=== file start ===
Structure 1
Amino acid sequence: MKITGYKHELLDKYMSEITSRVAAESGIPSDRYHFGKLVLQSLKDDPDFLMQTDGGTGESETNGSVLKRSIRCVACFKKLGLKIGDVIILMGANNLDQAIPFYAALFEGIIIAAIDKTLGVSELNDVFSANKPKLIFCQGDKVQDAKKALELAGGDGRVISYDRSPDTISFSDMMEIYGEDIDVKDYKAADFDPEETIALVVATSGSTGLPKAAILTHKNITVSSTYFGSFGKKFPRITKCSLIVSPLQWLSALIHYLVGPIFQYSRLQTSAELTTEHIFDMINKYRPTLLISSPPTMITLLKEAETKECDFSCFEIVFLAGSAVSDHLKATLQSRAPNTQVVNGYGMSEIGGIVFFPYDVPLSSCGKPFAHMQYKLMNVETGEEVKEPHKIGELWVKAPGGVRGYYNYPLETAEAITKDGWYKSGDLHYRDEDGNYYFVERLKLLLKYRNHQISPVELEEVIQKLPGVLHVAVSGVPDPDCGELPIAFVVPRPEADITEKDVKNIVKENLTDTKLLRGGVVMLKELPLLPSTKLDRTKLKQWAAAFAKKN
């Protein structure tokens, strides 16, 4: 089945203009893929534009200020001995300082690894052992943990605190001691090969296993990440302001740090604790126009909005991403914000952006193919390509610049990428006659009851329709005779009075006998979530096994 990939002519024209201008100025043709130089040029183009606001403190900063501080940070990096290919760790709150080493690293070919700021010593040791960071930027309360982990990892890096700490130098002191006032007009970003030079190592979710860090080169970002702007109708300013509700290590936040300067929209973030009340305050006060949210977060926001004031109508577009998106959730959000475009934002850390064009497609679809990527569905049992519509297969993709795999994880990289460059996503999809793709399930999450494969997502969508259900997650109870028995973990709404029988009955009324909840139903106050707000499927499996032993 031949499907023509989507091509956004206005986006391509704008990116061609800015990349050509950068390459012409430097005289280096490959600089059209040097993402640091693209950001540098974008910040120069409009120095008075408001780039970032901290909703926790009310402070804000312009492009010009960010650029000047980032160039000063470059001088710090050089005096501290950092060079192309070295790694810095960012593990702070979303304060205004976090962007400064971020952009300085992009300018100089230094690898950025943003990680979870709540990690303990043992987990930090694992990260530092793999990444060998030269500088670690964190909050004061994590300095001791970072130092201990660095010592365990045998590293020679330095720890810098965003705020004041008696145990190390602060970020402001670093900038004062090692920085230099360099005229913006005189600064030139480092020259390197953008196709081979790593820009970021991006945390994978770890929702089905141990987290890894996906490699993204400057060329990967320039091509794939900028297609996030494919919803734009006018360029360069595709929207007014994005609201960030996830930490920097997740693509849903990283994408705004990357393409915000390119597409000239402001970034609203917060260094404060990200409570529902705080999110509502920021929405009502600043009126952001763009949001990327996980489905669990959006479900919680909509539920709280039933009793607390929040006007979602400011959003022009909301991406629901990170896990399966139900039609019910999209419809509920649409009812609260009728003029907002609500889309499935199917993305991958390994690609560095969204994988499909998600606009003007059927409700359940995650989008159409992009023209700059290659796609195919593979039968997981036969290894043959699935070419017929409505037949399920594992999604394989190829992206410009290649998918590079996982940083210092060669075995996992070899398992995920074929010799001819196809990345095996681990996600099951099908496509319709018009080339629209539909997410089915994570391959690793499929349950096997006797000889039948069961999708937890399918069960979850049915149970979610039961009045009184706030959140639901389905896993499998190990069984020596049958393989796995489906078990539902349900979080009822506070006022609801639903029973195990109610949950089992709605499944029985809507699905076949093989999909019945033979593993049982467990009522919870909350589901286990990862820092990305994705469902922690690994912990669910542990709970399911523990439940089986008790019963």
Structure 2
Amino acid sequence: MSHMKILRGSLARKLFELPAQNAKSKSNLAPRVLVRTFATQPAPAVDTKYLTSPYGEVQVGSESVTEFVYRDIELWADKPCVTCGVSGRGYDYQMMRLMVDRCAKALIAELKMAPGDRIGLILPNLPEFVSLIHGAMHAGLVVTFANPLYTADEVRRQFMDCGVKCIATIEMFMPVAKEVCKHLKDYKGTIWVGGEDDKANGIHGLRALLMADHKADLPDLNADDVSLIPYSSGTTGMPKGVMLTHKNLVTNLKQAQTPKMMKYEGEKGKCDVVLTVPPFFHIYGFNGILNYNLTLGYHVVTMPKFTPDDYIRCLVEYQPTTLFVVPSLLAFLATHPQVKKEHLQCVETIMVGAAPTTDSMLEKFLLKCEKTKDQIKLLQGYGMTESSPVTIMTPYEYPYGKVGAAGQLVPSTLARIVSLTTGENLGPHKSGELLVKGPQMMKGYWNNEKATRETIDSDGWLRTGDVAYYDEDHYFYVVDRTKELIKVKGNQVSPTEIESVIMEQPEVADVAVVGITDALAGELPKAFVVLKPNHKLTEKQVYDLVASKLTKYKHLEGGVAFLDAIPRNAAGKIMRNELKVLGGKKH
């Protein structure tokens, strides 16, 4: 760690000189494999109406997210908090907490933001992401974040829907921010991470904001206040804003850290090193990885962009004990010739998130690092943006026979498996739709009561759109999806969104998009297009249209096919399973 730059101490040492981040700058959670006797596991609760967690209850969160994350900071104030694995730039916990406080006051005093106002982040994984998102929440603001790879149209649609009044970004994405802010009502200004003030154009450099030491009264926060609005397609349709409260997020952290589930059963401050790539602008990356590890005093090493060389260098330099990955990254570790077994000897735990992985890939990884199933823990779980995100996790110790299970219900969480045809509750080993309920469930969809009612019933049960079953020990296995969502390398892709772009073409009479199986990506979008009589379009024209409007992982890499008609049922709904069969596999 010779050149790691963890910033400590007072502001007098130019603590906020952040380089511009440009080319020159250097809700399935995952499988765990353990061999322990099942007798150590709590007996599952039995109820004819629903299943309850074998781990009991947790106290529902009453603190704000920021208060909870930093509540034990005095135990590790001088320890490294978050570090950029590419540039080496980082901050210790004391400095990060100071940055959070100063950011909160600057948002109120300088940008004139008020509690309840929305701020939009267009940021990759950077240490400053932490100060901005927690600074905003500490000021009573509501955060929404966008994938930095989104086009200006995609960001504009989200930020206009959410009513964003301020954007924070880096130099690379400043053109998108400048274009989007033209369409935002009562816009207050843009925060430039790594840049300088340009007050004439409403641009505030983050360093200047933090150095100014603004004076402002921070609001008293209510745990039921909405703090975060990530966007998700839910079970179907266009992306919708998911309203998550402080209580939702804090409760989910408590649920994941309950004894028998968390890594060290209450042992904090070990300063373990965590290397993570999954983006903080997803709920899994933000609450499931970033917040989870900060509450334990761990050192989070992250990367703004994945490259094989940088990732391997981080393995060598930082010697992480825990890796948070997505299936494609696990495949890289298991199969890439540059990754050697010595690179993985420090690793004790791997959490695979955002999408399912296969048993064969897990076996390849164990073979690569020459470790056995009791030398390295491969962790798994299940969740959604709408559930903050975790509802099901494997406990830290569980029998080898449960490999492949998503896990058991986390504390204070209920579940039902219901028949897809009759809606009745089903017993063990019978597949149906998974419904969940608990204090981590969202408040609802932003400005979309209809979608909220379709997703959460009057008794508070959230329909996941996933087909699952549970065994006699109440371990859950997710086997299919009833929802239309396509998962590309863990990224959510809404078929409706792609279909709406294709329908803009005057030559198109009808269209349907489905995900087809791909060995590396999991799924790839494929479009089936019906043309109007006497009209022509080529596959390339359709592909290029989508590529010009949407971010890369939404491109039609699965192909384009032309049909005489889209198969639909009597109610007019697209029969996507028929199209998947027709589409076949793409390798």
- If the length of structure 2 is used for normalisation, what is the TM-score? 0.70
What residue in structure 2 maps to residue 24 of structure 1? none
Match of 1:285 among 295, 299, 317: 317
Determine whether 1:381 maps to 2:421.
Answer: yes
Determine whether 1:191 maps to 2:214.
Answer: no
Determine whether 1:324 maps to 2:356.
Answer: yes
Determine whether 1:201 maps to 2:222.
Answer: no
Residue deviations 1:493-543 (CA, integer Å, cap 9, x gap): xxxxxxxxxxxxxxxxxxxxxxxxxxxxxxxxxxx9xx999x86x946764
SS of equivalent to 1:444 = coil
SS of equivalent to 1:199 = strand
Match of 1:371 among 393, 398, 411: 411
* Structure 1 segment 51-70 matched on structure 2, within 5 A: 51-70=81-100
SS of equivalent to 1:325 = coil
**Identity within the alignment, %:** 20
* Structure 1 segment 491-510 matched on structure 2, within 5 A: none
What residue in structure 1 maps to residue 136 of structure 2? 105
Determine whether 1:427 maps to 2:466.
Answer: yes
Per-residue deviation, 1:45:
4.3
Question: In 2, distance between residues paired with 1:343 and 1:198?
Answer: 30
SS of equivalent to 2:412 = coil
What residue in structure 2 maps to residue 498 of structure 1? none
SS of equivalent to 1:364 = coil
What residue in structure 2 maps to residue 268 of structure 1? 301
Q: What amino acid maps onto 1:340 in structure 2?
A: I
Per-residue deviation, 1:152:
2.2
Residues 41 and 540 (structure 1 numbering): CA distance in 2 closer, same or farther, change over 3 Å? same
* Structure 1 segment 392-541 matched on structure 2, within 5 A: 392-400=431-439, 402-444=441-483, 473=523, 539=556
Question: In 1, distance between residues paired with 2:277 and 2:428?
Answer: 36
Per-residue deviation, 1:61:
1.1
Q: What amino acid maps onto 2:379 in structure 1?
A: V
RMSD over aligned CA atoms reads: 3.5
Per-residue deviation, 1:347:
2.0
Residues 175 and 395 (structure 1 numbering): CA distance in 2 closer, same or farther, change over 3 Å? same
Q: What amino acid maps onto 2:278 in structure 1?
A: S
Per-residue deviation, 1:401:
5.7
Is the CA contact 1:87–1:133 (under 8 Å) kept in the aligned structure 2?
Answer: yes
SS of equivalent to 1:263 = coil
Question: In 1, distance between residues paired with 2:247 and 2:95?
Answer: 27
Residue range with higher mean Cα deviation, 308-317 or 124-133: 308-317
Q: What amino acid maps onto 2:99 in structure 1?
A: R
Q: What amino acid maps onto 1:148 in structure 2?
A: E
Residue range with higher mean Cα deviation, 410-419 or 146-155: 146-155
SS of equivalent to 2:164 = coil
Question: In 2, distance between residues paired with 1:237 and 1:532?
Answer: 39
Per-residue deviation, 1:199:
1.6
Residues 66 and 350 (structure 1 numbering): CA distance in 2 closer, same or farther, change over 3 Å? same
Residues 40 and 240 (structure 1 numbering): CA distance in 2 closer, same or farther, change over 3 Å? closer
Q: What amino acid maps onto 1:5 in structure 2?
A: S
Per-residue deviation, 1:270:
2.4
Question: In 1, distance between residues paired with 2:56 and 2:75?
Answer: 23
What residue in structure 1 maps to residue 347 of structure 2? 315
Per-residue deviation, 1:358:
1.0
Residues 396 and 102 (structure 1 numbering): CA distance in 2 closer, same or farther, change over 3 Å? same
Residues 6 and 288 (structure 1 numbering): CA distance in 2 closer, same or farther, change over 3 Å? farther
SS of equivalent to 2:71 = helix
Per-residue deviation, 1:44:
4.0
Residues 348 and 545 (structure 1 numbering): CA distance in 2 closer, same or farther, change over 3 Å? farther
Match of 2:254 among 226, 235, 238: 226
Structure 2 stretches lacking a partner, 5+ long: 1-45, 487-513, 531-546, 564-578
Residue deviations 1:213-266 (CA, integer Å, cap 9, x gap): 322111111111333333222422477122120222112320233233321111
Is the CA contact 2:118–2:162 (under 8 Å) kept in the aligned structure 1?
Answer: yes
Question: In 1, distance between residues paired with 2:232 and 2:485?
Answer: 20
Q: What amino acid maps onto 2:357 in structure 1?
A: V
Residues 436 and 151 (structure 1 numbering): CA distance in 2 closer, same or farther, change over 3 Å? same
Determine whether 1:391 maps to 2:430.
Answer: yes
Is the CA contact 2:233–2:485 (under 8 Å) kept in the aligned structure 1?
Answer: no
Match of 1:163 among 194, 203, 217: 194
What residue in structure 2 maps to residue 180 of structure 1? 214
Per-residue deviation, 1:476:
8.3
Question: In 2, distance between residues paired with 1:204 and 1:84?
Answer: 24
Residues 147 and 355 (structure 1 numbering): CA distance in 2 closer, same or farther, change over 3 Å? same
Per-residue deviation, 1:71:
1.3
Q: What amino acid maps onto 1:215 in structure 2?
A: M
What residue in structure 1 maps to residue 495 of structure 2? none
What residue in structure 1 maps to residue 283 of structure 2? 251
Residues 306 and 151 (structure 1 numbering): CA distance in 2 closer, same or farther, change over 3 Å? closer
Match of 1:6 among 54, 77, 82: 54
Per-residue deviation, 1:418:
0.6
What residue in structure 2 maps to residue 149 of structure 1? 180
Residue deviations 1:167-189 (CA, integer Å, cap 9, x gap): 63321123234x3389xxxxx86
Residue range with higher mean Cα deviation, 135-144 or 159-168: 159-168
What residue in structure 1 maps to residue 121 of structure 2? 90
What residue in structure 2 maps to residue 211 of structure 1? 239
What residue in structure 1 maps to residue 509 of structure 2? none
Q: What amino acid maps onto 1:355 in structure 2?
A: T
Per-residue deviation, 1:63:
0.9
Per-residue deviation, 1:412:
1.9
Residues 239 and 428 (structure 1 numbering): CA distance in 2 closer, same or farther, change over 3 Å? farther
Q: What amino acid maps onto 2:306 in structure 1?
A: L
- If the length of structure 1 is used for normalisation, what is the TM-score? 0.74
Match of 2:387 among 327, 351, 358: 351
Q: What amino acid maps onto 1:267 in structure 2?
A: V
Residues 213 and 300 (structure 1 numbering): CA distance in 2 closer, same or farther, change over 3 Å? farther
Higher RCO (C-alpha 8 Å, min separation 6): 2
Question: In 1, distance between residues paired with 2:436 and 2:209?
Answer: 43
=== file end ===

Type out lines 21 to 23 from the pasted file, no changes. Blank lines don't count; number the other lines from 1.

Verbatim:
Match of 1:371 among 393, 398, 411: 411
* Structure 1 segment 51-70 matched on structure 2, within 5 A: 51-70=81-100
SS of equivalent to 1:325 = coil